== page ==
Logitech reports broad declines as pre-pandemic buying cycles return
Inventory holding reduced in Q1, hunt for new CEO continues
Logitech has reported shrinking sales across much of its portfolio but the rate of decline is slowing, causing interim CEO Guy Gecht to up sales and profit forecasts for the first half of fiscal 2024.
Revenue for the Swiss and US peripheral maker's Q1 ending June 30 plunged 16 percent year-on-year to $974 million, and profit from operations fell by almost a third to $78 million.
Board member Gecht, who Logitech made interim CEO last month following the exit of Bracken Darrell, described trading conditions as "still challenging."
According to Logitech's earnings slides [PDF], the only category to report sales expansion in the quarter was Tablet accessories, up 7 percent to $70 million. Webcams were down 30 percent to $75 million, Keyboards and Combos fell 20 percent to $181 million, Video Collaboration fell 23 percent to $139 million, and Headsets dropped by a fifth to $37 million.
Gaming was down 9 percent to $266 million and Pointing Devices declined 20 percent to $174 million. The Others section – mostly mobile and PC speakers – dived 35 percent to $31 million.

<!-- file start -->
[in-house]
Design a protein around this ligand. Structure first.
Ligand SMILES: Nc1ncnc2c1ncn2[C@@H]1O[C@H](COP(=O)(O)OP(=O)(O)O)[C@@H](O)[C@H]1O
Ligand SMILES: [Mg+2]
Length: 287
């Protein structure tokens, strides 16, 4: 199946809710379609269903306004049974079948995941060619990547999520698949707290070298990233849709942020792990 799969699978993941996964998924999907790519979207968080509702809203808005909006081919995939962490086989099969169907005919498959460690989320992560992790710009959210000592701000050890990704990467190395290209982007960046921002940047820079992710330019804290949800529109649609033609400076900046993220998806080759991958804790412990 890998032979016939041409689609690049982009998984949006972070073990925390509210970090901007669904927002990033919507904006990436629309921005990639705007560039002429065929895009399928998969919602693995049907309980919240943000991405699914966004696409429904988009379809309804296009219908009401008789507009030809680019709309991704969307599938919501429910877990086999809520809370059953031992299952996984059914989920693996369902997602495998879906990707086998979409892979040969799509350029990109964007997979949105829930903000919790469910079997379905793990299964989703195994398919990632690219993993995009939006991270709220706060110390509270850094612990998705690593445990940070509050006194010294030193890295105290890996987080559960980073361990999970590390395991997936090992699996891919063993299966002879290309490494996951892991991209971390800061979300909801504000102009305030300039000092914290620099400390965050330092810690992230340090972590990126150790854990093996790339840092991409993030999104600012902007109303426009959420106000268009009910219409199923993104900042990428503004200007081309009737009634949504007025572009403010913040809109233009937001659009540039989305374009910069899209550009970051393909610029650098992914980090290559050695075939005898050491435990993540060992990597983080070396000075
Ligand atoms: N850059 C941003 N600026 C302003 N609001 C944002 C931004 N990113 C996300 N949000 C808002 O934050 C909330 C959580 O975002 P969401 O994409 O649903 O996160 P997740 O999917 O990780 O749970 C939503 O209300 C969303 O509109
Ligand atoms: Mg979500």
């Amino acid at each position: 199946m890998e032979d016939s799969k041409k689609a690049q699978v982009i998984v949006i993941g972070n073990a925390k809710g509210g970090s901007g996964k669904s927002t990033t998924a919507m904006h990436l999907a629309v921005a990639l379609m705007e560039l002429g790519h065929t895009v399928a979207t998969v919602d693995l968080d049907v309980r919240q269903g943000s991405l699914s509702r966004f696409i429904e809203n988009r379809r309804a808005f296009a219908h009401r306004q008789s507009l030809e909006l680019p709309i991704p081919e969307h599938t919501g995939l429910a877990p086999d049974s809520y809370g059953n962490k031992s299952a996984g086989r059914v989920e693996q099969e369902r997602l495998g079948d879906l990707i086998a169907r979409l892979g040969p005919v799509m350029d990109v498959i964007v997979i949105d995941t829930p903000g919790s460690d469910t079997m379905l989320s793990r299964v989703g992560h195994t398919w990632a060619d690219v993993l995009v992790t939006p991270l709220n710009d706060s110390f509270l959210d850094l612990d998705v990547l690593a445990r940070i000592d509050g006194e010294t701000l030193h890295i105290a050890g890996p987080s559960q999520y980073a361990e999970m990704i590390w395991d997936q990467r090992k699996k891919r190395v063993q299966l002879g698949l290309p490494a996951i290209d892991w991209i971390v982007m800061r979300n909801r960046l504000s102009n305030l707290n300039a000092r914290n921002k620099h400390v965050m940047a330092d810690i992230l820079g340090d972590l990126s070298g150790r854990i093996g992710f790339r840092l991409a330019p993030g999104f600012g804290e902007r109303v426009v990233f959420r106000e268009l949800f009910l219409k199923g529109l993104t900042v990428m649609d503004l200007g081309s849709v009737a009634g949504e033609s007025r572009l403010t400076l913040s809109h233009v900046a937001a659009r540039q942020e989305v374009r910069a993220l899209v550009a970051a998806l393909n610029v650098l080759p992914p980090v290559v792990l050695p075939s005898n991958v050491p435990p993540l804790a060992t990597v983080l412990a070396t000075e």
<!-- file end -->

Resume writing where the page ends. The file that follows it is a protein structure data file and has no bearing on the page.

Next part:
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This was actually better than initially estimated by Logitech and encouraged the finance department to boost the sales outlook for H1 from between $1.8 billion to $1.9 billion to between $1.875 billion and $1.975 billion. If accurate, the forecast means Logitech's revenues will decline by 14-19 percent as opposed to the previous expected 18-22 percent.
"This solid first quarter highlights steady progress on many important metrics," said CFO Charles Boynton in a statement. "We delivered another quarter of reduced inventory and operating expenses."
Operating expenses fell from $344 million to $297 million. One of the many levers pulled to do this was making 300 of its 8,200-strong workforce redundant.
Logitech reckons it is "making steady progress" in the hunt for a successor to Bracken, who after 10 years running the company left to run VF Corp, maker of Vans sneakers and The North Face line of outdoor clothing.
The pandemic was kind to many tech companies, including Logitech, which soared to record highs on the back of demand from consumers and biz users that suddenly found themselves locked up indoors amid government-imposed lockdowns to slow the rate of COVID-19 infections.
The rise of Logitech came in parallel to a resurgence in the PC market, another area that is now struggling for growth. Normal buying cycles are resuming. ®